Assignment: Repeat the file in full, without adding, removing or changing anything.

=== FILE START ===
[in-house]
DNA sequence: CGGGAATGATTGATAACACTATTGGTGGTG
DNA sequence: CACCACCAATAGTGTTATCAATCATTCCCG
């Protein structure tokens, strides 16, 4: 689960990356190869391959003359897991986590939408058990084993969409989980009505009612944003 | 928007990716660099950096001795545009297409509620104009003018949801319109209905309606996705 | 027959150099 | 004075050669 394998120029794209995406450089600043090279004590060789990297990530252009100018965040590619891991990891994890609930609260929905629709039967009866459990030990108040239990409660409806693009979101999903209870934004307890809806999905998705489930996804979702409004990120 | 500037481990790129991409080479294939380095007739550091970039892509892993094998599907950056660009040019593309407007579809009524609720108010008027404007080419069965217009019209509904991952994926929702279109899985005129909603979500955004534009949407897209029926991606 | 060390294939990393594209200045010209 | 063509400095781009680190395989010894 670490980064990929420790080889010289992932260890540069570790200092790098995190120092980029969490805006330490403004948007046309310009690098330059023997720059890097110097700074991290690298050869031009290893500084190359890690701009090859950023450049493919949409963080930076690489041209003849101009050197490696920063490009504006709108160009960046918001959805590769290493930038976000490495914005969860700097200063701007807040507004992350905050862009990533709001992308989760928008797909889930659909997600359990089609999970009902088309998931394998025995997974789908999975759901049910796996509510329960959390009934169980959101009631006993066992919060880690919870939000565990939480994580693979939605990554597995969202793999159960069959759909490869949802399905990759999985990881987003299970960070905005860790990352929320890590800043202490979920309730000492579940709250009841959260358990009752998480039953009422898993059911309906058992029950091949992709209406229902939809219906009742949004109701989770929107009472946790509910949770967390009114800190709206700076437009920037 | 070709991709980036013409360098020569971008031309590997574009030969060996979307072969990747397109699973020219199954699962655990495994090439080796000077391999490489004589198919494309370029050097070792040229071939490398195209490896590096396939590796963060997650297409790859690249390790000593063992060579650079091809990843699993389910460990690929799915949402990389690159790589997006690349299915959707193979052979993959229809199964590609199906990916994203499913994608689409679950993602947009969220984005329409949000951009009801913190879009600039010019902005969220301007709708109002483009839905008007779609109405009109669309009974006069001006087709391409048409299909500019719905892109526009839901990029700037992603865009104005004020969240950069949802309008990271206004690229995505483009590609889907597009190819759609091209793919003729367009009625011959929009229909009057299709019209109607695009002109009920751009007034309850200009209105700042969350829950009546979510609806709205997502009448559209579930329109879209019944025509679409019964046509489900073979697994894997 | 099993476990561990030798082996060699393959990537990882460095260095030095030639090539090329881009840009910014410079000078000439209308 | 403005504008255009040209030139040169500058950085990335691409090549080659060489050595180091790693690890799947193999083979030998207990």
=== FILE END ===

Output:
[in-house]
DNA sequence: CGGGAATGATTGATAACACTATTGGTGGTG
DNA sequence: CACCACCAATAGTGTTATCAATCATTCCCG
């Protein structure tokens, strides 16, 4: 689960990356190869391959003359897991986590939408058990084993969409989980009505009612944003 | 928007990716660099950096001795545009297409509620104009003018949801319109209905309606996705 | 027959150099 | 004075050669 394998120029794209995406450089600043090279004590060789990297990530252009100018965040590619891991990891994890609930609260929905629709039967009866459990030990108040239990409660409806693009979101999903209870934004307890809806999905998705489930996804979702409004990120 | 500037481990790129991409080479294939380095007739550091970039892509892993094998599907950056660009040019593309407007579809009524609720108010008027404007080419069965217009019209509904991952994926929702279109899985005129909603979500955004534009949407897209029926991606 | 060390294939990393594209200045010209 | 063509400095781009680190395989010894 670490980064990929420790080889010289992932260890540069570790200092790098995190120092980029969490805006330490403004948007046309310009690098330059023997720059890097110097700074991290690298050869031009290893500084190359890690701009090859950023450049493919949409963080930076690489041209003849101009050197490696920063490009504006709108160009960046918001959805590769290493930038976000490495914005969860700097200063701007807040507004992350905050862009990533709001992308989760928008797909889930659909997600359990089609999970009902088309998931394998025995997974789908999975759901049910796996509510329960959390009934169980959101009631006993066992919060880690919870939000565990939480994580693979939605990554597995969202793999159960069959759909490869949802399905990759999985990881987003299970960070905005860790990352929320890590800043202490979920309730000492579940709250009841959260358990009752998480039953009422898993059911309906058992029950091949992709209406229902939809219906009742949004109701989770929107009472946790509910949770967390009114800190709206700076437009920037 | 070709991709980036013409360098020569971008031309590997574009030969060996979307072969990747397109699973020219199954699962655990495994090439080796000077391999490489004589198919494309370029050097070792040229071939490398195209490896590096396939590796963060997650297409790859690249390790000593063992060579650079091809990843699993389910460990690929799915949402990389690159790589997006690349299915959707193979052979993959229809199964590609199906990916994203499913994608689409679950993602947009969220984005329409949000951009009801913190879009600039010019902005969220301007709708109002483009839905008007779609109405009109669309009974006069001006087709391409048409299909500019719905892109526009839901990029700037992603865009104005004020969240950069949802309008990271206004690229995505483009590609889907597009190819759609091209793919003729367009009625011959929009229909009057299709019209109607695009002109009920751009007034309850200009209105700042969350829950009546979510609806709205997502009448559209579930329109879209019944025509679409019964046509489900073979697994894997 | 099993476990561990030798082996060699393959990537990882460095260095030095030639090539090329881009840009910014410079000078000439209308 | 403005504008255009040209030139040169500058950085990335691409090549080659060489050595180091790693690890799947193999083979030998207990």